Appeal from the United States District Court for the Northern District of Illinois, Eastern Division, No. 77 8999 #66 -- Prentice H. Marshall, Judge.
Bauer, Chief Judge, and Cudahy and Posner, Circuit Judges.
This is an appeal by Shearson Lehman Brothers, Inc. ("Shearson"), an investment banker, from the denial of an application for additional compensation by the district court sitting in reorganization proceedings. We reverse with respect to the denial of all additional compensation. We conclude that additional compensation may be awarded to the extent of the $1,000,000 earlier agreed upon by Shearson and the trustee in bankruptcy. In this connection, we do not accept the determination by the district court that Shearson deliberately misled a special master by withholding documents.
Shearson was retained by the trustee, Richard B. Ogilvie, in November 1979 as financial adviser in the reorganization of the Chicago, Milwaukee, St. Paul and Pacific Railroad Company (the "Railroad"). Shearson agreed, for a fee based on an hourly rate, to assist the trustee in implementing reorganization plans for the Railroad, in negotiating with creditors and in selling portions of the Railroad.
During the time that it was retained by the trustee, Shearson also assisted the trustee in preparing a 1979 plan of reorganization, advised him with respect to the abandonment of certain railroad lines, sought prospective purchasers for the remaining "core,"*fn1 made a successful tender offer for mortgage bonds and secured the retirement of debt owed the government on terms favorable to the Railroad. During this period, Shearson also assisted in the sale of the Railroad's timberlands, a transaction for which it was separately compensated. This sale contributed to the success of the Railroad's reorganization by providing it with much needed cash.
In the fall of 1981 the Grand Trunk Corporation (the "Grand Trunk") became interested in acquiring the core assets of the Railroad. The Grand Trunk made an offer for the core in May 1982, and it signed a purchase agreement in August 1982. According to the agreement, the Grand Trunk would assume $400,000,000 in liabilities of the Railroad but would pay no cash.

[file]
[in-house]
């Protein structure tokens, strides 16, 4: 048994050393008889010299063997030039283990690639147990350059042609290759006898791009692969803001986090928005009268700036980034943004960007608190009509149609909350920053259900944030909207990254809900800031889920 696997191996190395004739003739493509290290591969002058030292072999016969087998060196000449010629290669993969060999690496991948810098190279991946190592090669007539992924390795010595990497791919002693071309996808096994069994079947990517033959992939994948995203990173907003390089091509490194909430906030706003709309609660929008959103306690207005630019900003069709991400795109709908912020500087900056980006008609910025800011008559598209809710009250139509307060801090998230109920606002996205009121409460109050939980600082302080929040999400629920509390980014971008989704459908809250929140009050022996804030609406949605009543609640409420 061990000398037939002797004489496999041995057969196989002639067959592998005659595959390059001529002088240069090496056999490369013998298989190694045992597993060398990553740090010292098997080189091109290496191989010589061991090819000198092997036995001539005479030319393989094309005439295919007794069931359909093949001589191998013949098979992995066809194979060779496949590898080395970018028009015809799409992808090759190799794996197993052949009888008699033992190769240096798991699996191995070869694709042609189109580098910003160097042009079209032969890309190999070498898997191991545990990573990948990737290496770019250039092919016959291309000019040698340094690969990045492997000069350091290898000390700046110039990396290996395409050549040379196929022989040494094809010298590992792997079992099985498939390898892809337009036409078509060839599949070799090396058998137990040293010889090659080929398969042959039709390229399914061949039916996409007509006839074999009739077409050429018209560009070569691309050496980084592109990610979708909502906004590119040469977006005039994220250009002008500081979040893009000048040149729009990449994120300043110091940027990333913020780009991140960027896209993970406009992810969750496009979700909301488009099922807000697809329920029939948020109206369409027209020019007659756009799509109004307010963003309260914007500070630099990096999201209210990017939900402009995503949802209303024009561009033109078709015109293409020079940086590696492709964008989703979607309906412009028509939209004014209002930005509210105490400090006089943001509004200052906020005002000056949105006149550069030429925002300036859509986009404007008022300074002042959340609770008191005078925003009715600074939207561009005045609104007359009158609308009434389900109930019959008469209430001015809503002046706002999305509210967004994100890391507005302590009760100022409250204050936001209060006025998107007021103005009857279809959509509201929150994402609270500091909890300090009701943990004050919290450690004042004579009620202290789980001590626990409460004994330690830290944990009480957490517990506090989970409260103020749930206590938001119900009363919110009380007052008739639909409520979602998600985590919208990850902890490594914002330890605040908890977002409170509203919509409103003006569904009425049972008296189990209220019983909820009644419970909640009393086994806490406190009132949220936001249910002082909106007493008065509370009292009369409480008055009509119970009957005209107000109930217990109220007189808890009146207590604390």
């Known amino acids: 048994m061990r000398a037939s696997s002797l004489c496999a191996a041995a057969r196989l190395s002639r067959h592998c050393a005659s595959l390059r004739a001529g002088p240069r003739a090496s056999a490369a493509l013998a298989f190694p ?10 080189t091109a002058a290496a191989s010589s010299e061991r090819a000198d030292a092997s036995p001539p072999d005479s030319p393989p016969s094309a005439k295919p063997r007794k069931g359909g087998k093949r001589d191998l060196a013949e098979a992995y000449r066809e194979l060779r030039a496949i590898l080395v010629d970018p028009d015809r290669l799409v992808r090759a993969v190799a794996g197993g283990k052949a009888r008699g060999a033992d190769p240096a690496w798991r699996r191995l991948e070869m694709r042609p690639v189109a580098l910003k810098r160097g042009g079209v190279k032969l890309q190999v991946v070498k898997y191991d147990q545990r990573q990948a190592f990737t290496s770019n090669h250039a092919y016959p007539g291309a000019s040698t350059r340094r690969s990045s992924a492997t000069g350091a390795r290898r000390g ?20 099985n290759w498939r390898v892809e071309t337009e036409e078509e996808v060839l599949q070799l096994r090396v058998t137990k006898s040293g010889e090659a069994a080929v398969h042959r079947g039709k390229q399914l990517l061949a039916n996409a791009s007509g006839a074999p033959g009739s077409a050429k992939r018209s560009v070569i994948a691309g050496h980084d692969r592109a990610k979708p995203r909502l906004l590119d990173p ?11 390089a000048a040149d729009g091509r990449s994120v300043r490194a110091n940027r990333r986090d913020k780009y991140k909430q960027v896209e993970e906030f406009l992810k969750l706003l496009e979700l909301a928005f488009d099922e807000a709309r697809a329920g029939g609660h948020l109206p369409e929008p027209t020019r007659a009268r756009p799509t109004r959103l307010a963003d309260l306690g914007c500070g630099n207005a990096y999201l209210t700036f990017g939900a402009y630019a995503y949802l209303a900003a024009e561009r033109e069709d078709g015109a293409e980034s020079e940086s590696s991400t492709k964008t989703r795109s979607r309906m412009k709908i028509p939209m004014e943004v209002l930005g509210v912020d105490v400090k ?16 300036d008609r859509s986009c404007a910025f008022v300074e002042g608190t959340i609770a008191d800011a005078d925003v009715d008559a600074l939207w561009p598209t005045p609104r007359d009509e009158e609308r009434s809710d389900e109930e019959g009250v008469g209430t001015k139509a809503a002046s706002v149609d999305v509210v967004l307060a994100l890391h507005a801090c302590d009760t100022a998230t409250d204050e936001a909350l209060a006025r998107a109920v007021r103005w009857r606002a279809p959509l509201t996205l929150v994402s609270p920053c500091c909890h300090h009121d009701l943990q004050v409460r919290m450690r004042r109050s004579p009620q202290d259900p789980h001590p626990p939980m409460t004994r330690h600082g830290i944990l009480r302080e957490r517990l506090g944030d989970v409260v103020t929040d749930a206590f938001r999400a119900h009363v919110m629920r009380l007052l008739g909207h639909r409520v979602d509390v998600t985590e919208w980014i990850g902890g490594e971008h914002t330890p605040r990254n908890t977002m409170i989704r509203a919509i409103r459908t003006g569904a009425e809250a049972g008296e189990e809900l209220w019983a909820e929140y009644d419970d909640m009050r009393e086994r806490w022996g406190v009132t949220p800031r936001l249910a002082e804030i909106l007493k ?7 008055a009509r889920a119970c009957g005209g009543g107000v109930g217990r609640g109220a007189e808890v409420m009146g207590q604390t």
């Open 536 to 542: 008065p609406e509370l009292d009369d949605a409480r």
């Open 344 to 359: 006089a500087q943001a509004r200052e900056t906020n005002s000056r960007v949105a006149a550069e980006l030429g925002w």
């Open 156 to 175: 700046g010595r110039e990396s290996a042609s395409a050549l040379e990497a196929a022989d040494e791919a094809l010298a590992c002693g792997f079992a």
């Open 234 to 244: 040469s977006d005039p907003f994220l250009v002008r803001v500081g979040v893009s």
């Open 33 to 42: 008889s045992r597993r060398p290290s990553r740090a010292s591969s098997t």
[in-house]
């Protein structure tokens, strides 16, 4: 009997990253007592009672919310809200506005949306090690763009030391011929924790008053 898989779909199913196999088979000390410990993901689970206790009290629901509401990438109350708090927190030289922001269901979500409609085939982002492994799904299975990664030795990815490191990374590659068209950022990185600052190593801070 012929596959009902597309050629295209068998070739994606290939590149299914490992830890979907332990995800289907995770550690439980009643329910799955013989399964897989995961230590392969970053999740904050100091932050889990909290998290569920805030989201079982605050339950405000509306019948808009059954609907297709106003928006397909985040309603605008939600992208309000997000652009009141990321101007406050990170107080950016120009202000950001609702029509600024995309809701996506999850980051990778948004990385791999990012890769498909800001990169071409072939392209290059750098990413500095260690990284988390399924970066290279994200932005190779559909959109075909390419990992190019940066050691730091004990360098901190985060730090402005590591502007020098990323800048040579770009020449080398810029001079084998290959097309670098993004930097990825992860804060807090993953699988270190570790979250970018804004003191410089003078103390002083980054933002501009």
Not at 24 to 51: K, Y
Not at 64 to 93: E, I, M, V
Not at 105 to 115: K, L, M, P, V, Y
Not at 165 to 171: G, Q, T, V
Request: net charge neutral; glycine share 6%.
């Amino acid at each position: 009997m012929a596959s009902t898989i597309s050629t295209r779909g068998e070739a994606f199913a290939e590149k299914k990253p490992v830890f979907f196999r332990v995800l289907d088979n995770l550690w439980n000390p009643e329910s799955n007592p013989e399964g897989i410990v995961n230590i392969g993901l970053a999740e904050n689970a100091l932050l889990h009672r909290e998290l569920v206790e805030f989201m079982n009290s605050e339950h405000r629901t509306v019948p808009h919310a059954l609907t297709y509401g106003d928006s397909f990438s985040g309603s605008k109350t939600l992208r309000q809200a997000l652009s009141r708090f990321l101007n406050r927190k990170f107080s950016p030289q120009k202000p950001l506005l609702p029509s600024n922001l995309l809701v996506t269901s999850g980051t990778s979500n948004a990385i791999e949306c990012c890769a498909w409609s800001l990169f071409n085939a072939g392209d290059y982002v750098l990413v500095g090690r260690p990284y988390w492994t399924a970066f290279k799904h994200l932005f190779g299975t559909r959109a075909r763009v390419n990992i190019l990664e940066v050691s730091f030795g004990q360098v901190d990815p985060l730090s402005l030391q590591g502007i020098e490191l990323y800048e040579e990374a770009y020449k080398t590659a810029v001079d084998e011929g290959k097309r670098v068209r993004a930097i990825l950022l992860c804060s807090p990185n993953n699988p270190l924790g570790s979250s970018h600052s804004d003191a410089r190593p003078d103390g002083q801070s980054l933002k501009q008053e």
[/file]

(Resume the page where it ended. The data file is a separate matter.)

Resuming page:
In early 1982, when it had become clear that the Grand Trunk would make an offer, Shearson sought to renegotiate its method of compensation.*fn2 In this connection, the trustee eventually agreed to change the basis of Shearson's compensation and, in September 1982, submitted to the district court a new written agreement with Shearson. The CMC Real Estate Corporation ("CMC"), the parent holding company of the Railroad, objected to this application for modification of the fee. Several hearings were held during the period September 1982 through January 1983. On December 29, 1982, Shearson executed a letter to the trustee describing its agreement with him (the "1982 agreement").
Under the terms of the 1982 agreement, the trustee engaged Shearson to review the Railroad's assets and capital structure, to assist in developing a reorganization plan and in negotiating the sale of the Railroad and to provide general financial advice and broker services.*fn3